Dot Leap #5
Ethereum keys in Substrate, a flood of conferences, public clouds of Kusama nodes, and more!
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Parity organized the 3rd edition of Sub0 on Tuesday, April 28th.
This edition was, of course, virtual. With over 1000 attendees, this conference was one of the biggest blockchain conferences of the Corona era, if not the biggest.
All talks were recorded and can already be rewatched on Crowdcast. Some notable talks (personal opinion):
Moonbeam, an EVM-compatible parachain candidate for Polkadot
Weights in Substrate (very important for budding Substrate devs!)
Lightning Talks (pay attention to Starmesh at around 40 minutes, Kilt protocol with anonymous transactions at ~47 min, and the first talk which is about Subsocial)
The open discussion on ideas to build at the end is very interesting
🚨 Friendly reminder that DOTs do not exist yet!
Kusama (v 0.7.32.)
Need a public Kusama full node? You can now connect to a RYO cloud: a load balanced set of public nodes that people are running on their home hardware. When you connect to this endpoint, you’ll be randomly connected to someone’s home node. Decentralized infrastructure at its finest! We documented the various endpoints at your disposal in our endpoints wiki page!
Rushed referendum 48 went in on Monday (hastened by the technical committee and the council) with a massive runtime upgrade. This was one of the rare backwards-compatibility breaking upgrades which required that all validators run version 0.7.30. or risk getting slashed.
Want to speed up your syncing? Here’s a backup of the first ~2M blocks or so in archive mode, meaning it’s usable for sentries and validators! Downloading this into your chain DB will make sure your node starts syncing from that point on.
🏛 Kusama Governance
A user mistakenly submitted a Treasury proposal after misunderstanding the mechanics of Treasury votes. Detailed on Polkassembly. A motion has been put forward by Jam to reimburse the user for the lost deposit under certain conditions. Lesson learned.
Referendum 49 (council motion) kills a storage prefix which changed due to an upgrade in runtime 0.7.30. The prefix was holding preimages for proposals. Preimages are now stored in another location, which is why all proposals in the system were temporarily without them. The referendum has passed.
🔩 Core Stack
Last week was the most active development week on Substrate!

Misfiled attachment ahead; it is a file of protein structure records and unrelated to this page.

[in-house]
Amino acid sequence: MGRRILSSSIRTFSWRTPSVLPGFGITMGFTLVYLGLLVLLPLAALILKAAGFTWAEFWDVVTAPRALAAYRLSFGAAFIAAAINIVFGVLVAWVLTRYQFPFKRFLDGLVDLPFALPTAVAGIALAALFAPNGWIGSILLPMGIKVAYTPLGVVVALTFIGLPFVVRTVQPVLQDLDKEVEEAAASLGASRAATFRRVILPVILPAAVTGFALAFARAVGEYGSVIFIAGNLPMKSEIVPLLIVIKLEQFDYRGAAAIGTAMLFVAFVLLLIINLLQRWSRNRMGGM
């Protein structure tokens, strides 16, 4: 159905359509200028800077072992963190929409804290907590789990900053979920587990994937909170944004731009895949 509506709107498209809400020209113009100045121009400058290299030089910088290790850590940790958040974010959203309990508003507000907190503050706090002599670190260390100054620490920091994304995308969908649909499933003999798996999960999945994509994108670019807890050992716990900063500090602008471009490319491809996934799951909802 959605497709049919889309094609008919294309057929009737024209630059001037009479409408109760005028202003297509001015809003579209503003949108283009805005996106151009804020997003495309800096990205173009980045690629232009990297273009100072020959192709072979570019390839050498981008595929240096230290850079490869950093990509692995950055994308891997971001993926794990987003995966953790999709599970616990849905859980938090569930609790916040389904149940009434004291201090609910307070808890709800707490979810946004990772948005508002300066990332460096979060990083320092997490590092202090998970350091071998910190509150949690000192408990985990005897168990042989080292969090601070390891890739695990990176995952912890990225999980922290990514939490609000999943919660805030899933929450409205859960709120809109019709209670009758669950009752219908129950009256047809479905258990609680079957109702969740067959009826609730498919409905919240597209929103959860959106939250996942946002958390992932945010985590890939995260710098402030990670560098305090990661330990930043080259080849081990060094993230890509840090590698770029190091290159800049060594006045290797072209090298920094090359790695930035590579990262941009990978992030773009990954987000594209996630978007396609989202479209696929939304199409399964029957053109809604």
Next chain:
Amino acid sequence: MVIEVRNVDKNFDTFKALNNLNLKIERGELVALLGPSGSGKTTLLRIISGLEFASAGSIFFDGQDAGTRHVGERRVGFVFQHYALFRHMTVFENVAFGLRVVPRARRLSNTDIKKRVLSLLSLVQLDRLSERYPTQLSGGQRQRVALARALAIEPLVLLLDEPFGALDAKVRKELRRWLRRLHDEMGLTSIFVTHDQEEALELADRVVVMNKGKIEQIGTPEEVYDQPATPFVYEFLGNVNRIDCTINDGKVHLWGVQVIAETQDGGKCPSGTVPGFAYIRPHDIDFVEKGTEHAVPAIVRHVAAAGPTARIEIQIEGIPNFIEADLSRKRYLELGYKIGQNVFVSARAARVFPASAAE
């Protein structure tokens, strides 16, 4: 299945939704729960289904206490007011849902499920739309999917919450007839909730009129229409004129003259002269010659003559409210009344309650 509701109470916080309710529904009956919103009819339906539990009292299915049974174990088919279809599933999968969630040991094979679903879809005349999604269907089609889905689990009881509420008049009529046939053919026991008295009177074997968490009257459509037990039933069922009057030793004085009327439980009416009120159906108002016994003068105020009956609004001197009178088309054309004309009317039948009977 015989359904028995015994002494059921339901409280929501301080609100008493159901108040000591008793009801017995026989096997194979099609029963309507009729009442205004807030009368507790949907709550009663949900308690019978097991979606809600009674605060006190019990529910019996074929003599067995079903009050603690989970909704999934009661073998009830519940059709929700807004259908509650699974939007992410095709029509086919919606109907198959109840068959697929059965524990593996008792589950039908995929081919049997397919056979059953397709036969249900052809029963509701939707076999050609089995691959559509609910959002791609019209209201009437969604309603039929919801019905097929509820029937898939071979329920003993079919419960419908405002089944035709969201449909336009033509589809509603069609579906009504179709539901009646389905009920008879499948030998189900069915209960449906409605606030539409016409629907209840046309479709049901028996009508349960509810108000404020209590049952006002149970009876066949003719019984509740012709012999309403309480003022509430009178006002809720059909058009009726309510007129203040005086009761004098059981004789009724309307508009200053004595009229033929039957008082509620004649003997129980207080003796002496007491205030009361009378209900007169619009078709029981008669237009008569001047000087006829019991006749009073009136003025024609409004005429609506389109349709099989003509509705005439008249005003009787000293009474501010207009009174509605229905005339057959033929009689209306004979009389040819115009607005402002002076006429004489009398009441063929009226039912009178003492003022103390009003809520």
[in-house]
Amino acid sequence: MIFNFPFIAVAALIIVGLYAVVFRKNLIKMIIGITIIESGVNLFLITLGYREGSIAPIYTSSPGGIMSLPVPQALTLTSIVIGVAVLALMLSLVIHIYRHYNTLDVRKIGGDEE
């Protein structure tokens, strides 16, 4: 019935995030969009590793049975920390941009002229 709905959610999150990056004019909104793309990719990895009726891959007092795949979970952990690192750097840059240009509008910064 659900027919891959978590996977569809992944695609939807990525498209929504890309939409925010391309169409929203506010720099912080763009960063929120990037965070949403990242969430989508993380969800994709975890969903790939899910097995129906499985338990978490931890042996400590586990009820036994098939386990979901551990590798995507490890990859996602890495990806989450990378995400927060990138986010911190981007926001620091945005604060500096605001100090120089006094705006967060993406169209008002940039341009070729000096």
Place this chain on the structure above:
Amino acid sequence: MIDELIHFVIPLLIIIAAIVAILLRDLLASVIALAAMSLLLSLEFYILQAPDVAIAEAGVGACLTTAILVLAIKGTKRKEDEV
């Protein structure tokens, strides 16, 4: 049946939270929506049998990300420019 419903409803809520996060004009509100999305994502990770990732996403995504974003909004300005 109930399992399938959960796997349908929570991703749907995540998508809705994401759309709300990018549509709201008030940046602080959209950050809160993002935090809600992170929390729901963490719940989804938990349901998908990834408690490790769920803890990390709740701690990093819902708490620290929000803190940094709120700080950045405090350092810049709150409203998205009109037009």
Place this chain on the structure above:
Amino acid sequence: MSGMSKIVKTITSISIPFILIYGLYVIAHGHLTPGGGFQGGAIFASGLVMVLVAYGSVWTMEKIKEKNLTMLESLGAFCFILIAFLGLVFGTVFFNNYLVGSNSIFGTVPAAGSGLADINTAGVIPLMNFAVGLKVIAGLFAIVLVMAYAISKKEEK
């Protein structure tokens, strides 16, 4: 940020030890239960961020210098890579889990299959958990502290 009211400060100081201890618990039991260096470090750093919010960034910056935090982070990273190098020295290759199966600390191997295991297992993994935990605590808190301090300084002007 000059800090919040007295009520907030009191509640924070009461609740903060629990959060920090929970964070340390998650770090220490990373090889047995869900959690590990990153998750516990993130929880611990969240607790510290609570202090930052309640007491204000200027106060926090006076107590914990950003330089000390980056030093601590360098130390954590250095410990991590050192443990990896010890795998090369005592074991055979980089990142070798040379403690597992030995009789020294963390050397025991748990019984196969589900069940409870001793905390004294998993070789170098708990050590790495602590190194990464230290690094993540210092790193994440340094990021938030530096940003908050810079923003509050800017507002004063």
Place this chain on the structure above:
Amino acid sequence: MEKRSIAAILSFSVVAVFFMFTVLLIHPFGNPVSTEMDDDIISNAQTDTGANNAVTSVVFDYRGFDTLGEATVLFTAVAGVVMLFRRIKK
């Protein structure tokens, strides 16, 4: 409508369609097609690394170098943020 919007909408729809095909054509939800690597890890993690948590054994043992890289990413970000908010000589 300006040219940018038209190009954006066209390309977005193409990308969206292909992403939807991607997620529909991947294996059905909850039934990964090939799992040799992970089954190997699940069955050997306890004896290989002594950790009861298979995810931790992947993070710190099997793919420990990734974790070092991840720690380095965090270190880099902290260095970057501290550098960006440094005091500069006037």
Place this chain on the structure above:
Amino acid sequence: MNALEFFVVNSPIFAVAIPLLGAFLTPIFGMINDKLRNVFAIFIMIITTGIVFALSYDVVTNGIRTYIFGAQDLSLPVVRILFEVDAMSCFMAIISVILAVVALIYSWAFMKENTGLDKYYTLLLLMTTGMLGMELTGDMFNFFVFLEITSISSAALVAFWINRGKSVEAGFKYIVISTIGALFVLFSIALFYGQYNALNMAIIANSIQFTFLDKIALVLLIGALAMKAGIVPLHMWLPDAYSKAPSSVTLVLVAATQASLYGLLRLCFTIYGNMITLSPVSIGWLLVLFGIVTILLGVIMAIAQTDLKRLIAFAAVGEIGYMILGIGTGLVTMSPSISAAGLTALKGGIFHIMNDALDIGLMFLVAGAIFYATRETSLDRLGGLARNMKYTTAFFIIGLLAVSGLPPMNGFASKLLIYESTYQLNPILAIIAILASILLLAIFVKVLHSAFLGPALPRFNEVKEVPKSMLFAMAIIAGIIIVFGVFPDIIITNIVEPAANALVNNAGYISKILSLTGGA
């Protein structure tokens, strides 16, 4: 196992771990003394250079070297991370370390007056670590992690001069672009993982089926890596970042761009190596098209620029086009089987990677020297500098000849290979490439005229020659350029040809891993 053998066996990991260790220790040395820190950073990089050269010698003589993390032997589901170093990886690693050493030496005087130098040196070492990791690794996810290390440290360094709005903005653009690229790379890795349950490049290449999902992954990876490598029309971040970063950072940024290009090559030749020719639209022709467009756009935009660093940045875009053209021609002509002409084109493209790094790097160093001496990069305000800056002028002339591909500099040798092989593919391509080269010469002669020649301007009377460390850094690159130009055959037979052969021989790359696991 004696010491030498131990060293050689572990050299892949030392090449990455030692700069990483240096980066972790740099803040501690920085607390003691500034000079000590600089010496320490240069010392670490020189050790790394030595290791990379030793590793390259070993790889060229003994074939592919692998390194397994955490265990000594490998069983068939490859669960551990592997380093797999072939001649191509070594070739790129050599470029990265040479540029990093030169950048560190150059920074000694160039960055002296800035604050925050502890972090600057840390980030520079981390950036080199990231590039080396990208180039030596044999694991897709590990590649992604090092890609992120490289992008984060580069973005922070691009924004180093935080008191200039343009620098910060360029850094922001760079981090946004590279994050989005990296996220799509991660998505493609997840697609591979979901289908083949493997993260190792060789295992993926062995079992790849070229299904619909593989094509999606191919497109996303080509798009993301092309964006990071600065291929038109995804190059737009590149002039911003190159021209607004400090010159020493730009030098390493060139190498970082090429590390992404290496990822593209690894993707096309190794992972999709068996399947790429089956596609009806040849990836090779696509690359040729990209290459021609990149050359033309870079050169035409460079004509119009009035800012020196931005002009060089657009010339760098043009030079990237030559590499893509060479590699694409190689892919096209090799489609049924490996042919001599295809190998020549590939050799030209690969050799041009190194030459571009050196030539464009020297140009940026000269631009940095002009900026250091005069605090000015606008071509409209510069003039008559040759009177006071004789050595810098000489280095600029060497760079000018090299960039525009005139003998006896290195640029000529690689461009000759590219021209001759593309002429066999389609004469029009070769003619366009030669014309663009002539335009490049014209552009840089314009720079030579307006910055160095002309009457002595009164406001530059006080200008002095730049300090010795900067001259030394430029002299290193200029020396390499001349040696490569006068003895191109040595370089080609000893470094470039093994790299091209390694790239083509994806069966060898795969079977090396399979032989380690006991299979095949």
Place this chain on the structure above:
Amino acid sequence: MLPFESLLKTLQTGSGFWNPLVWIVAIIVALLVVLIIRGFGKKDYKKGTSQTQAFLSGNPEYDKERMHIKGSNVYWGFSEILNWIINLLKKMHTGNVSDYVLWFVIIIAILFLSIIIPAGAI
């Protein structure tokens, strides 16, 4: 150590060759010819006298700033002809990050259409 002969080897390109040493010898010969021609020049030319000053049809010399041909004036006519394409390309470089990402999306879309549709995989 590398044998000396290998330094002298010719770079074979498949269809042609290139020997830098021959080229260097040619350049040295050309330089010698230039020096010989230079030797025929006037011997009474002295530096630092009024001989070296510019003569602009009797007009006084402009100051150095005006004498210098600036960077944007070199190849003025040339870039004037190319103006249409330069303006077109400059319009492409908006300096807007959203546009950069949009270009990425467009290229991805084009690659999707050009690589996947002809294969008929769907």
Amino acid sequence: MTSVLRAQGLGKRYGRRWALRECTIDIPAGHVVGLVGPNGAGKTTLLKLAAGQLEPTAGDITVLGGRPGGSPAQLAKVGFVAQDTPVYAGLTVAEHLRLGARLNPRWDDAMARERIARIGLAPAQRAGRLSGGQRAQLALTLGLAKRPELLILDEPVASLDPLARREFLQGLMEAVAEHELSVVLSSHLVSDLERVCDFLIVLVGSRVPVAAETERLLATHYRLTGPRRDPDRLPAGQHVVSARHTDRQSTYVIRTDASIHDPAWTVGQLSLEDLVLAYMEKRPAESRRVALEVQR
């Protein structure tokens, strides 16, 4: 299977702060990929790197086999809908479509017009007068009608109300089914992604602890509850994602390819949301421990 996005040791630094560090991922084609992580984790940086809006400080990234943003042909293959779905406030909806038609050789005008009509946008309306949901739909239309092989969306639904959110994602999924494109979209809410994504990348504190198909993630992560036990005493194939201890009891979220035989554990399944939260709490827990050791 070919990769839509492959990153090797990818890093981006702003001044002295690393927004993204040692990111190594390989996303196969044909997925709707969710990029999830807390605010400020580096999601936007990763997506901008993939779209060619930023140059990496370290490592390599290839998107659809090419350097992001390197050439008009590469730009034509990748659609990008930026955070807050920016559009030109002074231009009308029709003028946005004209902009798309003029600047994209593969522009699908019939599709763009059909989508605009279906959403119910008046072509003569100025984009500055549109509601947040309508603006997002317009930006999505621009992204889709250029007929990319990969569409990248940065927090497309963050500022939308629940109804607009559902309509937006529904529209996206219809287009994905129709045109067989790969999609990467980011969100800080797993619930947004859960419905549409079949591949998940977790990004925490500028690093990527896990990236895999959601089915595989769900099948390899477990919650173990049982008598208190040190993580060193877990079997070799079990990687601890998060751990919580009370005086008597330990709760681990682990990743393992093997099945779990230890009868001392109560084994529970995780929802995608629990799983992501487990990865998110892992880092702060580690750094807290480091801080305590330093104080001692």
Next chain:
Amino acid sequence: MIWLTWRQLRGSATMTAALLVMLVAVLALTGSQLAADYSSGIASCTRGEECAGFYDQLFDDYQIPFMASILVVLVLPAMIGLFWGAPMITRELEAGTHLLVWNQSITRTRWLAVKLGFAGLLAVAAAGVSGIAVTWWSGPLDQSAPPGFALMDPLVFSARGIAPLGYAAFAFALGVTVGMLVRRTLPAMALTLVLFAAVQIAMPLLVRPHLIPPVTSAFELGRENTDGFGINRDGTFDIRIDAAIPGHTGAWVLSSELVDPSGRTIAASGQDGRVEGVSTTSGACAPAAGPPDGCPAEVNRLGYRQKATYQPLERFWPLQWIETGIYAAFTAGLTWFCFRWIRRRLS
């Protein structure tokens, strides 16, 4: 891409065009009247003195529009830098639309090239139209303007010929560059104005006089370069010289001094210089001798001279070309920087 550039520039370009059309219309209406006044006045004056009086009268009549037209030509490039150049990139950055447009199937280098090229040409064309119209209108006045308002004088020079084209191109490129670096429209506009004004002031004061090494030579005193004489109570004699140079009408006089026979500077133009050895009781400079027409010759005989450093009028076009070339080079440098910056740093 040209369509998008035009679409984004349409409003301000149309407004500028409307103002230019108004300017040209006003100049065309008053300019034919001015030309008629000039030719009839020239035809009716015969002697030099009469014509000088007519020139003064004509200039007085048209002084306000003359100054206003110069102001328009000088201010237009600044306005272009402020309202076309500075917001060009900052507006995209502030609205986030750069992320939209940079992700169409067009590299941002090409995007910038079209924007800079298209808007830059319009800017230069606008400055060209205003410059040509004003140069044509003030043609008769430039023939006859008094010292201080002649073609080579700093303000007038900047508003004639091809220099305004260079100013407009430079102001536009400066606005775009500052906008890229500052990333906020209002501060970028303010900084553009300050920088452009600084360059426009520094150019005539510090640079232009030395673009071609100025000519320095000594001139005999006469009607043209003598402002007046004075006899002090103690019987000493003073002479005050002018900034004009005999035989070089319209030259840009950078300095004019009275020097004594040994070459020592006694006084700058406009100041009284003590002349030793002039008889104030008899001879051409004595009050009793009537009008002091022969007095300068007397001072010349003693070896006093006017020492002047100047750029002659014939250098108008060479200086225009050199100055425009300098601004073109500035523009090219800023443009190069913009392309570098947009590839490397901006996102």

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Substrate releases will now produce MacOS binaries for Substrate and Subkey!
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A new block requests protocol has been merged as part of a larger push to remove the legacy single substream. It sounds fancy, but it’s just a different (better) way for nodes to ask other nodes for blocks and other data.
The contracts pallet which allows you to write ink! smart contracts has been updated to use Substrate’s revamped weights system. No more gas to pay for smart contract interaction - everything is now weighed. Edgeware - the only chain in production currently using this pallet - has not responded to my inquiries of how they intend to integrate this, if at all.
Module IDs of pallets are now configurable in the runtime, not hard-coded into the pallets. This makes it easier to instantiate the same pallet multiple times. For example, previously, a treasury would always have the same address, based on the Module ID of the pallet. Instantiating another one would have the second share the address with the first. Now there can be two separate addresses - imagine having a public bounty treasury, alongside the current council treasury.
BABE can now be configured after genesis. Previously, it was not possible to perform online upgrades, for example, from primary-slots only to primary-and-secondary-slots.
Off-chain workers will now have access to the database of imported blocks while the rest are still being imported (i.e. still in non-fully-synced state).
Secondary BABE blocks will now include the block producer’s randomness (VRF) as well - they previously didn’t. The VRF output will not contribute to on-chain randomness, but may be useful for parachains or other applications.